Evaluating whether a patent claim is sufficiently “definite” under 35 U.S.C. § 112 requires looking beyond just the claim language itself. The Federal Circuit reaffirmed this fundamental principle in a recent decision overturning a district court’s overly-narrow indefiniteness analysis.
In Nature Simulations Systems, Inc. v. Autodesk, Inc., the patent owner asserted two patents related to methods for building 3-D models. The district court held both patents invalid, finding that multiple claim terms raised “unanswered questions” that render the claims indefinite. The district court further rejected the patent owner’s argument that the specification answers those questions. According to the district court, any questions must be answered by the language of the claims themselves, and a failure to do so renders the claims indefinite as a matter of law.
In a 2-1 decision, the Federal Circuit reversed, holding that the district court’s “unanswered questions” analysis was improper. “Claim language, standing alone” is not the correct legal standard. Patent claims must be read and understood in light of the specification, the prosecution history, and other relevant evidence bearing on how a skilled artisan would understand the scope of the invention. Thus, the district court erred by narrowly focusing only on the claim language and by refusing to consider either the patent specification or the prosecution history.
Having clarified the appropriate legal standard, the majority then reviewed the specification and prosecution history and found the patent claims not indefinite. It identified portions of the patent specification describing the claimed method and noted that it was “not disputed that the specification describes and enables practice of the claimed method.” The majority further noted that the claim language in question was added by the Examiner during prosecution, not the patentee. In light of this fact, the majority deferred to the Examiner’s choice of claim language, quoting an earlier Federal Circuit decision reasoning that “[w]e presume that an examiner would not introduce an indefinite term into a claim when he/she chooses to amend the claim for the very purpose of putting the application in a condition for allowance.”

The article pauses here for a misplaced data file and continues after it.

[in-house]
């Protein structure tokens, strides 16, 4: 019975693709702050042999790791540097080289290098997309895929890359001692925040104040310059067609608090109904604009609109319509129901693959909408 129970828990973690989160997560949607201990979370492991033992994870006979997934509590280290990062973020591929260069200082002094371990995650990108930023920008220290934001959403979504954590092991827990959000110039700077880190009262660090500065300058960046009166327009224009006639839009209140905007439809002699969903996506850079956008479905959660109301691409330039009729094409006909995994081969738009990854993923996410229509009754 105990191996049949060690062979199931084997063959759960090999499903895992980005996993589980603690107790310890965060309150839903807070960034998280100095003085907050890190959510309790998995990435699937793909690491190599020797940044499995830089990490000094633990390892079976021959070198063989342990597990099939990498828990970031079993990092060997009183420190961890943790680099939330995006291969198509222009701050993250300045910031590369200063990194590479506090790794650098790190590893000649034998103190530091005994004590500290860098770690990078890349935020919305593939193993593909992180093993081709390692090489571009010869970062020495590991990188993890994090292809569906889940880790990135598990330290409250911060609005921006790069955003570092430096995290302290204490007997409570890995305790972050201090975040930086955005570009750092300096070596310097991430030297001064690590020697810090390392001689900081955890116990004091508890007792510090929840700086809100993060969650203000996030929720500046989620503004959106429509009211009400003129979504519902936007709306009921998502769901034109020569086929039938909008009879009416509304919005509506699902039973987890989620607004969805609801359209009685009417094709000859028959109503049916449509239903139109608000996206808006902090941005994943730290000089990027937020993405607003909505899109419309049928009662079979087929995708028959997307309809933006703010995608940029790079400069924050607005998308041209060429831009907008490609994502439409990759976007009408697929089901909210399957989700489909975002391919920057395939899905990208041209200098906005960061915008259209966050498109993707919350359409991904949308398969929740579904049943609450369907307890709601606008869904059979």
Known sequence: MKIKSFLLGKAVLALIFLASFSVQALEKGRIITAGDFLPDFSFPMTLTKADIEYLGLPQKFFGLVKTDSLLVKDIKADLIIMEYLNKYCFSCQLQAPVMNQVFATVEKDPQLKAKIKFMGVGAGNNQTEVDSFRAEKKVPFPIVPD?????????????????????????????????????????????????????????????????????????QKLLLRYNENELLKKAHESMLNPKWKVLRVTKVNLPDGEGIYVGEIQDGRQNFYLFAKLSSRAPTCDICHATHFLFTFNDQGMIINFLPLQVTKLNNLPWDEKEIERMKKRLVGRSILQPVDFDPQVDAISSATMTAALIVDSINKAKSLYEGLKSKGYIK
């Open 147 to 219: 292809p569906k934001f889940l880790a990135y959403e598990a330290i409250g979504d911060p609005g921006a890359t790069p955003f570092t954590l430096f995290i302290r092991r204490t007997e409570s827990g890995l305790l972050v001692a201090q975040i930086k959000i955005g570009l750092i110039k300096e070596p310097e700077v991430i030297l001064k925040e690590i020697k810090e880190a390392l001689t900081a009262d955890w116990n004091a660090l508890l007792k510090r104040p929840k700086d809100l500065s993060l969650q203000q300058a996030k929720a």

Judge Dyk dissented, arguing that the majority gave too much deference to the claim language added by the Examiner. According to Judge Dyk, the claim language included limitations that were not described or defined in the patent specification. And the only evidence about the meaning of the terms came from the defendant’s expert, who testified without contradiction that the additional limitations are “ambiguous,” “unclear,” and inconsistent with the patents’ figures.
Practice Tips: In any dispute over whether patent claim terms are sufficiently definite, both sides should take care to account for the prosecution history and the patent specification. Moreover, where the challenged claim language was added by the Examiner during prosecution, the accused infringer should give detailed reasons why the court should not defer to the Examiner’s choice of claim language.
Nature Simulation Sys., Inc. v. Autodesk, Inc., 2020-2257 (Fed. Cir. Jan. 27, 2022).